When I reread the story I wrote in the Rat Report newsletter about my trip to the school in Indiana, I saw something very interesting. I did not bring any of my rats along on that trip, and instead planned to use one of the classroom rats of the teacher who invited me. I forgot to tell the rat what the costumes were all about, and the first time I tried to put a costume on her, she freaked out and struggled. I apologized to her, and told her I wanted to dress her in costumes so the audience could see how pretty she was, and then she was happy to star in her own little fashion show! Dressing a rat in costumes is fun, and adds interest. Our culture is so visually oriented these days that a demonstration like this helps keep the attention of the audience and makes a bigger impression than just talk. Plus, it can be a great icebreaker. If you start your presentation with the costumes, it will give you a chance to relax and feel more comfortable with the audience before starting to do much talking.

            You’ll need a small table, and it helps to put the rat up on a pedestal about six to eight inches across to keep him in one place as he models the costumes. You can buy a small trash can at a dollar store and turn it upside down.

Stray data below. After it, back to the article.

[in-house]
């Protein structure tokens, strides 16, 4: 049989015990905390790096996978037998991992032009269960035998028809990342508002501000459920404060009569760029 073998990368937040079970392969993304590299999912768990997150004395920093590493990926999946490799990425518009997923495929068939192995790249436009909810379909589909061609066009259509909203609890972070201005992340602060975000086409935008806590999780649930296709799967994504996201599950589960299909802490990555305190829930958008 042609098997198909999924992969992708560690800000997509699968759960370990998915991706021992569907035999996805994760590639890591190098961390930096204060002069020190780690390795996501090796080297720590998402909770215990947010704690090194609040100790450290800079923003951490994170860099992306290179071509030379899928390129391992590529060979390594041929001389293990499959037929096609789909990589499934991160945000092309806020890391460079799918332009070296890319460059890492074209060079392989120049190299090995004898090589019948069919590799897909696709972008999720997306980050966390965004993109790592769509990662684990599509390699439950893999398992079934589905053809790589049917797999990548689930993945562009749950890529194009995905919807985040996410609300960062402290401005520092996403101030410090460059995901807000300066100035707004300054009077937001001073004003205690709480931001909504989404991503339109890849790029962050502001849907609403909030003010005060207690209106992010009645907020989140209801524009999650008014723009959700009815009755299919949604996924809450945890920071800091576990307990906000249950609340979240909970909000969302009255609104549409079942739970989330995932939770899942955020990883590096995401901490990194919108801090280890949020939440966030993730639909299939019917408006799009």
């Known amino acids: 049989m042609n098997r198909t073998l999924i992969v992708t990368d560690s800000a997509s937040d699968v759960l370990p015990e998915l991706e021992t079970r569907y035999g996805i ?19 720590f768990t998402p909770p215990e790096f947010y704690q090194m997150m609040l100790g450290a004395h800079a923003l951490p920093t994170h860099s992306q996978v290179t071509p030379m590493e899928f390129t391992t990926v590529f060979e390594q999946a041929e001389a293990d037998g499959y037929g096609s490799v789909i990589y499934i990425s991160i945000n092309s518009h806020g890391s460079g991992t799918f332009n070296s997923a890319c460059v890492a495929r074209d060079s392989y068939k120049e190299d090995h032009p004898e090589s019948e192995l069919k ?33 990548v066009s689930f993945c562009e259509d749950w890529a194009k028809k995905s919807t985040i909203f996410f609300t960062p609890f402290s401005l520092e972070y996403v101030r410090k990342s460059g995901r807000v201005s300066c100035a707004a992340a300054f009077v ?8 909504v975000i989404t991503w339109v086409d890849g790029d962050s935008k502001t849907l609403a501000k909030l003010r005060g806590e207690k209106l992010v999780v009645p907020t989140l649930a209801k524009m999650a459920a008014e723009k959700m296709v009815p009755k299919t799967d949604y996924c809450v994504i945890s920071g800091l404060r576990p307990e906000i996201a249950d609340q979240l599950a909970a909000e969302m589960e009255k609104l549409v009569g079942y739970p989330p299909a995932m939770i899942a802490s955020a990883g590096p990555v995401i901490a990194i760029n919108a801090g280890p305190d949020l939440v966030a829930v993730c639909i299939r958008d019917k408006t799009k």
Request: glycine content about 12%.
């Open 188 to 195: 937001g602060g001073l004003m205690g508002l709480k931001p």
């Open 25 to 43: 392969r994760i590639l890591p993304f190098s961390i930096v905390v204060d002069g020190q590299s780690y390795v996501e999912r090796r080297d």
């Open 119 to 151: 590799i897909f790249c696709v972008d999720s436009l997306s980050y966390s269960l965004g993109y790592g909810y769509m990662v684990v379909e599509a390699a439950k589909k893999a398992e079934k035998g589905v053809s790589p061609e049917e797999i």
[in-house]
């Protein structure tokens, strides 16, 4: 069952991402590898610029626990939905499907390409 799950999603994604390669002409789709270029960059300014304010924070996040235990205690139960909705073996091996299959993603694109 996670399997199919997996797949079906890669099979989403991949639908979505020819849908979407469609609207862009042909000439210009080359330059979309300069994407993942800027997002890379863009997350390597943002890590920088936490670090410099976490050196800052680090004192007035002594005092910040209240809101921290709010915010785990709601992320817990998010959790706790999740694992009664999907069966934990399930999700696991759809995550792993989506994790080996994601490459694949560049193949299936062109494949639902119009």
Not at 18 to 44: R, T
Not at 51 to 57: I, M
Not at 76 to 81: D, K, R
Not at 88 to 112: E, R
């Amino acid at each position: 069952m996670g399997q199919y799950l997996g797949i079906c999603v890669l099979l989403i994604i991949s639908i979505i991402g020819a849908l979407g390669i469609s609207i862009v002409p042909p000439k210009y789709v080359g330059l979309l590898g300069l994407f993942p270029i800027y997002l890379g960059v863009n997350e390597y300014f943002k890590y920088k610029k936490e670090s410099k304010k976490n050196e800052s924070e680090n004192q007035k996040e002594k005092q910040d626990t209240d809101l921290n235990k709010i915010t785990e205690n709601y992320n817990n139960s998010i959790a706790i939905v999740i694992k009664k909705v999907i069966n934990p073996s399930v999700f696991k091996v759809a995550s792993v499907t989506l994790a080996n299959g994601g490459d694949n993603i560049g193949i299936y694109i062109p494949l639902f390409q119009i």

You might consider bringing books about rats, both to recommend to people and so that after your presentation, people can look at the pictures.

            Here are some additional tips about giving a presentation that I gleaned from the internet.

Here is the information you need to ask the person who invites you to give the presentation:

  • Date, time and length of presentation
  • Place - Get directions
  • Contact number in case of emergency
  • Formal or casual dress? (Most of the time it will be casual. You might want to wear a rat t-shirt!)
  • How many people are likely to attend?
  • Who is the audience? – children?, seniors?
  • Can you bring materials to hand out?

            Arrive early enough so you have some time to walk around the room your presentation will be in, to help you feel more comfortable there. (If your presentation is in a classroom, this might not be possible.) If you will be using a microphone, test it.

Remember to bring with you:

  • Directions and contact
  • Your outline
  • One to three rats in a carrier
  • Your costumes and props
  • Handouts - bring more than you think you’ll need, just in case
  • Your glasses, if you need them